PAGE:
As always, WCDefenseCA wishes good hunting to the deputy DA on the case… but an especially fond thumbs up to the small business owners who did the leg work in catching this fraudster in the act.
If someone told me that the defendant in a workers’ compensation case was a Jaguar/Landrover dealership, I would expect a pretty awesome story leading up to an injury more to the soul at seeing a beautiful cars damaged rather than any physical impairment. It should include a high-speed chase, tuxedoes, martinis (shaken, not stirred), and some sort of threat to world peace. Or, as we in the Bay Area like to call it, “Thursday.” Well, if your mind works the way that your humble blogger’s does, you’ve got bigger problems than a boring blog post to read.
In the case of Richard Anderson v. Jaguar/Landrover of Ventura, sadly there were none of the things one hopes for. Instead, applicant sustained an admitted injury to his shoulder while working as a mechanic (no, not while fixing a car mid-air). Unfortunately, applicant sustained a stroke, leading defendant to offer to stipulate to a total loss of future earning capacity. However, defendant also argued that at least some of this new Total Permanent Disability should be apportioned to diabetes and other pre-existing factors, as articulated by the panel qualified medical evaluator, who apportioned 40% of applicant’s impairment to non-industrial factors.
The Workers’ Compensation Appeals Board actually rejected the PQMEs apportionment reasoning. Because the PQME apportioned 40% causation to the cause of the injury, to wit, the stroke, instead of the percentage of impairment, the apportionment opinion was not substantial evidence. Because no portion of the disability was apportioned to non-industrial or prior industrial causes, applicant was deemed TPD.
The panel then changed to a more interesting question – that of COLA (Cost Of Living Adjustment) and SAWW (State Average Weekly Wages). Life pensions awarded after January 1, 2003, are to be increased by the same rate as the increase in the state average weekly wage to reflect an increase in the cost of living. (See Labor Code section 4659(c)). Well, if applicant was to receive 2/3rd of his income at the time of his injury for the rest of his life, how is applicant’s attorney’s fee to be calculated?
The WCAB recognized that future SAWW increases are not known, and that expecting bountiful years cheats the applicant by giving too much to the attorney; expecting lean years cheats the applicant’s attorney should the years be not as lean as the pessimists expect. What is one to do in such a situation?
Your humble blogger’s various protests to compelled commutation aside, the WCAB rejected the DEU’s use of the average SAWW increases for the previous 50 years, instead opting to go with a 3% figure to reflect concerns of coming economic troubles. As the WCAB put it, “a 3% factor places more of the economic risk of hyperinflation upon the attorney, instead of upon the injured worker.”
This does make sense, given the fact that applicant’s award is based on the fact that he will never be able to earn an income again, whereas the attorney is likely able to earn a dollar or two in the years yet to come.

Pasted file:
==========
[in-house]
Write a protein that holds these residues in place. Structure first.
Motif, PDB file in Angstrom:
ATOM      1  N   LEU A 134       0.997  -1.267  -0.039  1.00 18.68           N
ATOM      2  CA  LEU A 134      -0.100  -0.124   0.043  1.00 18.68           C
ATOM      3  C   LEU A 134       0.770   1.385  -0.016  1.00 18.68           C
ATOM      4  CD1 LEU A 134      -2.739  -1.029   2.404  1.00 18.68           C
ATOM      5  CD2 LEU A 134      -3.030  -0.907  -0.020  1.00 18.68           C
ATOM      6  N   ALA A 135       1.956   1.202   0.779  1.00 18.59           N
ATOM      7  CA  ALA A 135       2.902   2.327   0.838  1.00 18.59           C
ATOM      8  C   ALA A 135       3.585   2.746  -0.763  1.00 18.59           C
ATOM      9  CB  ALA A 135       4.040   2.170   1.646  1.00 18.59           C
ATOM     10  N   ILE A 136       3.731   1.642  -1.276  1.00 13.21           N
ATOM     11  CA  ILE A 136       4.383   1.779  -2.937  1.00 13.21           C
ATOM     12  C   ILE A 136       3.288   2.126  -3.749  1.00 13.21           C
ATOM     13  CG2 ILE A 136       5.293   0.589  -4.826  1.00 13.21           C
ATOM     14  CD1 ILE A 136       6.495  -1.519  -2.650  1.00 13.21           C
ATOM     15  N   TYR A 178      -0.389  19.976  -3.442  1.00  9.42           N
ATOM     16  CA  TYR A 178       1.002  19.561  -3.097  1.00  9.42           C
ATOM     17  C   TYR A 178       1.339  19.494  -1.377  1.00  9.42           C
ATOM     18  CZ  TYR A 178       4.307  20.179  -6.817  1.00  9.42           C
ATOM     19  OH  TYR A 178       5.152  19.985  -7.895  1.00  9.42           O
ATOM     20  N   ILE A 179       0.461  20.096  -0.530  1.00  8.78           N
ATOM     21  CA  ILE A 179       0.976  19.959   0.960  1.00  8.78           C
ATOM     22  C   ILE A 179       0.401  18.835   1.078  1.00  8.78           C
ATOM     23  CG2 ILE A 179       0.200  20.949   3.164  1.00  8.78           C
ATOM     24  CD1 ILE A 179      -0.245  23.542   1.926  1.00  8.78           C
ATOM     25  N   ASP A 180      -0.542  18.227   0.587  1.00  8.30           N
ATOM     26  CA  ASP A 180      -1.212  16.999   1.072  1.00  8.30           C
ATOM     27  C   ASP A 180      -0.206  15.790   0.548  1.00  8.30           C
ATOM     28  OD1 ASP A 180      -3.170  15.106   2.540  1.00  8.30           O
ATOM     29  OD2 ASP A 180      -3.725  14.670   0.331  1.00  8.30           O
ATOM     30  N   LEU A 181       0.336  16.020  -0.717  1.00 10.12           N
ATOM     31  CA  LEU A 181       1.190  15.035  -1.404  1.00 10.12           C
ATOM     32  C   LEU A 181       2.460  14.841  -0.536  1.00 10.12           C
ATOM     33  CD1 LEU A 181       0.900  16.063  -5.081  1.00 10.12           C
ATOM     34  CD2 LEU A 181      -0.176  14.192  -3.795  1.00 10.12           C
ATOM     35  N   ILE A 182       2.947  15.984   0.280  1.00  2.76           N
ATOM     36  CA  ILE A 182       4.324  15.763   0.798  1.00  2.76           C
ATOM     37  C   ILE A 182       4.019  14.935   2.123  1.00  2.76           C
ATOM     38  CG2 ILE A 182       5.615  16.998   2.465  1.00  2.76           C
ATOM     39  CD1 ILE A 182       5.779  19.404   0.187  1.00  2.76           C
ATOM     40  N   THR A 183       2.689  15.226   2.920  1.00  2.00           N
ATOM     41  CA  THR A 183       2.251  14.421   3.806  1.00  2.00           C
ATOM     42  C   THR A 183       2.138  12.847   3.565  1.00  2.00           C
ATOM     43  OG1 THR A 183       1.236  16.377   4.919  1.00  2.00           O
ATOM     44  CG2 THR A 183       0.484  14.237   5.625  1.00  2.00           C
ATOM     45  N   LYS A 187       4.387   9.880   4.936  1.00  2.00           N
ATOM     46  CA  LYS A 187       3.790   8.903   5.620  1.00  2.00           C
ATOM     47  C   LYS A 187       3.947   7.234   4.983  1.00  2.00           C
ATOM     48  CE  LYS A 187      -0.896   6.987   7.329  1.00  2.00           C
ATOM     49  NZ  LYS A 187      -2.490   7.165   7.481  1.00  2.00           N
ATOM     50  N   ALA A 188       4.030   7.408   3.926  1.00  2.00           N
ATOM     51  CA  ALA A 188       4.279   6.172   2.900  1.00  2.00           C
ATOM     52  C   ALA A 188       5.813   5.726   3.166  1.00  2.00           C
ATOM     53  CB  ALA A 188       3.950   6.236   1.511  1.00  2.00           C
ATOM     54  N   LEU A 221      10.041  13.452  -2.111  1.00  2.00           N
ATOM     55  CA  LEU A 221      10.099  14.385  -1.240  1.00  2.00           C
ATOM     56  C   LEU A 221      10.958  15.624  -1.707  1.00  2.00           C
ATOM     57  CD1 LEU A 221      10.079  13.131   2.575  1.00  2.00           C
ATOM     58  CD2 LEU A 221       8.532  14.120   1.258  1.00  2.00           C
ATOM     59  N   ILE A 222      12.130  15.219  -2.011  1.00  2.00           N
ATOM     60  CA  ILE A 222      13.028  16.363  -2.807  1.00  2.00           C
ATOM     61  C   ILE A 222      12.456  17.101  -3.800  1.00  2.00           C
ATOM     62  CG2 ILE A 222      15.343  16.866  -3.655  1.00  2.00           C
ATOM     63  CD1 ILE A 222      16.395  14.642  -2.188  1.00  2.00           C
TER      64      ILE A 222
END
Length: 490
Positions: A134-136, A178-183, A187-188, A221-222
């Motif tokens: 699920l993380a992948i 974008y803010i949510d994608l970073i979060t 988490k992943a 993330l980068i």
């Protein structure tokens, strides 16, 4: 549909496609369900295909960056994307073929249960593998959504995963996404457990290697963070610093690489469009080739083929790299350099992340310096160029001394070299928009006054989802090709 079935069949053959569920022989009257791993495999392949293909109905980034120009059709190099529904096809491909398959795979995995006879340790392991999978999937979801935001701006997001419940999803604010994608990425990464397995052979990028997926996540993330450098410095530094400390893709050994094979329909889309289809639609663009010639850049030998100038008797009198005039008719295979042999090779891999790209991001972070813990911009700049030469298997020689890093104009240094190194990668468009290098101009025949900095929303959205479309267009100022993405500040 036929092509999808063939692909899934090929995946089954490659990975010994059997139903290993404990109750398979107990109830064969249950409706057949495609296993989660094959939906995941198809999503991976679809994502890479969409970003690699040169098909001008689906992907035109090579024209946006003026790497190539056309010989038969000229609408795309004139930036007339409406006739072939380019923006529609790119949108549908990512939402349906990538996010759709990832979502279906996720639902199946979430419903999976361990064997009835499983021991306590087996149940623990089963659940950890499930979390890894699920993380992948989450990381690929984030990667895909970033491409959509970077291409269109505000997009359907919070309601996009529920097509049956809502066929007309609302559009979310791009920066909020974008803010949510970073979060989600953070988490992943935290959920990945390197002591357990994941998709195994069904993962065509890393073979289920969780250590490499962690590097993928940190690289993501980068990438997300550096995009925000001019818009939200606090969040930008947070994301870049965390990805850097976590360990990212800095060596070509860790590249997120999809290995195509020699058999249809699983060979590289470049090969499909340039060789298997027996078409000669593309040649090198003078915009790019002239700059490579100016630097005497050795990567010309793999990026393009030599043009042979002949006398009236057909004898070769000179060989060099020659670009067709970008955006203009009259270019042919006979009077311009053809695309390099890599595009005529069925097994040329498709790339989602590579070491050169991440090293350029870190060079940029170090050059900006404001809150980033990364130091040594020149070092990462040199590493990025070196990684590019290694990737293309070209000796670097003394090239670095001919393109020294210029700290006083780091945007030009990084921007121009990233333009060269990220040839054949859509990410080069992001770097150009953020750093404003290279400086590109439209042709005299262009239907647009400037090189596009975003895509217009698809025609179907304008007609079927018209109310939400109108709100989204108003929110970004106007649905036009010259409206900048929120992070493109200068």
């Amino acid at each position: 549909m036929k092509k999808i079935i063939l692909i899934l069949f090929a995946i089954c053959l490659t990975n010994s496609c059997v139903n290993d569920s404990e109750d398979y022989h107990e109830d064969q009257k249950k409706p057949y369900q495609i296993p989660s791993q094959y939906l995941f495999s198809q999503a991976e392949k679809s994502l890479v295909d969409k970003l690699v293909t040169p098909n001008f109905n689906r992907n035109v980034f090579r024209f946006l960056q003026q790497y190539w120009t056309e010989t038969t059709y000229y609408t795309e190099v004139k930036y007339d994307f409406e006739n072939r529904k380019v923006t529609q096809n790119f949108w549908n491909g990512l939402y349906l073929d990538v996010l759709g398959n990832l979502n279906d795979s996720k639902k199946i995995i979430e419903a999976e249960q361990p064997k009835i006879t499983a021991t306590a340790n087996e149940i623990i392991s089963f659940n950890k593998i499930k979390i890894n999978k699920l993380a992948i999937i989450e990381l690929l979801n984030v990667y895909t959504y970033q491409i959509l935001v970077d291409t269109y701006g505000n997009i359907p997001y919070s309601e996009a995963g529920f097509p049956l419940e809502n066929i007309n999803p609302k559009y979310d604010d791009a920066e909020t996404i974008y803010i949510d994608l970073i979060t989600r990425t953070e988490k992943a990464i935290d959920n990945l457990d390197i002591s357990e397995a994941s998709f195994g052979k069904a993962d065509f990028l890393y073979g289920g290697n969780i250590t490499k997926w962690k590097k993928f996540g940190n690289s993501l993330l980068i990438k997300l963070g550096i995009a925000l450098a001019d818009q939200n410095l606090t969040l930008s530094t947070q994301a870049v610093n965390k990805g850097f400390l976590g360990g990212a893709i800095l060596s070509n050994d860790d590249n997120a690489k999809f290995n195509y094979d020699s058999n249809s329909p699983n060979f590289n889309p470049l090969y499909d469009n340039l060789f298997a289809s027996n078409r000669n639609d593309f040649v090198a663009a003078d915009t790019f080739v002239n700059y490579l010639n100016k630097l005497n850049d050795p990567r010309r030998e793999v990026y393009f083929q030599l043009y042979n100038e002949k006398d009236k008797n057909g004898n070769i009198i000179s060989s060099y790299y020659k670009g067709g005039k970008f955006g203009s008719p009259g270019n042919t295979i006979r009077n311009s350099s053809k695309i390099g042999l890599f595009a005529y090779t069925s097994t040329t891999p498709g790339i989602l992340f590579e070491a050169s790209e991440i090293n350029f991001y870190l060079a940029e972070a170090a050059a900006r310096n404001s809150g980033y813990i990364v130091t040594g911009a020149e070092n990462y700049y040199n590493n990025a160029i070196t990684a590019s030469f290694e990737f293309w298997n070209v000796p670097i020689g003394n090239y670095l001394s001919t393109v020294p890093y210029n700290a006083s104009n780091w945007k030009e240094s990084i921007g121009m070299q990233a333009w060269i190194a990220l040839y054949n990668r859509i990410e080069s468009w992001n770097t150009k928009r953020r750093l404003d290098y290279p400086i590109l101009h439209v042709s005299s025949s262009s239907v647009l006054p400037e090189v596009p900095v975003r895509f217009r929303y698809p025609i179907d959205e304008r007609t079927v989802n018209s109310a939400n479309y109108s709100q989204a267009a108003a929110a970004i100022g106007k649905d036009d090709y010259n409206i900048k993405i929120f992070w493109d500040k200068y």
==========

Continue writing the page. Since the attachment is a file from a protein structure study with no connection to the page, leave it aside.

So, if you’re getting ready to settle a case, perhaps it won’t be too unreasonable to push for a 3% COLA increase in calculating applicant’s attorney fees.
The San Francisco Examiner reports that the Board of Directors for BART, the Bay Area Rapid Transit, has approved almost 9 million dollars to help pay for some 800 open workers’ compensation claims, citing increases in medical treatment costs and the growing trend of some employees padding their retirement with comp benefits.
According to the article, the directors were taken by surprise, having had no idea of the growing hole in BART’s workers’ comp program. Some problems, it appears, do not magically disappear from want of attention.
One director was quoted as saying “I sure would like to have a better understanding of what we’re doing. It seems like we’re funding a liability that should have been corrected.”
Just to put this in context, the BART directors also approved one million dollars for “pigeon abatement projects.” So, for every nine dollars to be spent on workers’ compensation, one is to be spent on abating pigeons.
In any case, dear readers, it looks like, inch by inch, workers’ compensation is creeping into center stage as one of the growing ills facing California entities, whether public or private. We must all be vigilant, lest we end up spending our board meetings discussing how much of a “surplus” should be spent on plugging holes in the workers’ compensation budget.
For my dear readers in the Bay Area, especially those familiar with BART, it must come as a particular bit of confusion that BART should experience a surplus. Perhaps this “surplus” could be used to keep trains from breaking down in the tunnel between Oakland and San Francisco; to operate a proper ventilation system on hot days; or to have trains that don’t go out of service because someone’s backpack was caught in closing doors. But take care of the pigeons first…
Good news, dear readers!
It appears that the delay in signing Senate Bill 863, rumored to be caused by Capitol’s frantic shortage of pens, is no more. The Mercury News reports that Governor Brown signed the bill yesterday while in San Diego.
This move has been repeatedly cheered by business owners and union representatives alike. Some groups have complained, however, saying that the reforms will hinder their platform of “keeping the working man from working.”
It goes without saying, dear readers, that we should all be brushing up on our SB-863 reading, and getting ready to handle new claims as they arise in 2013.
The tools are on the table, let’s roll up our sleeves and see what we can build.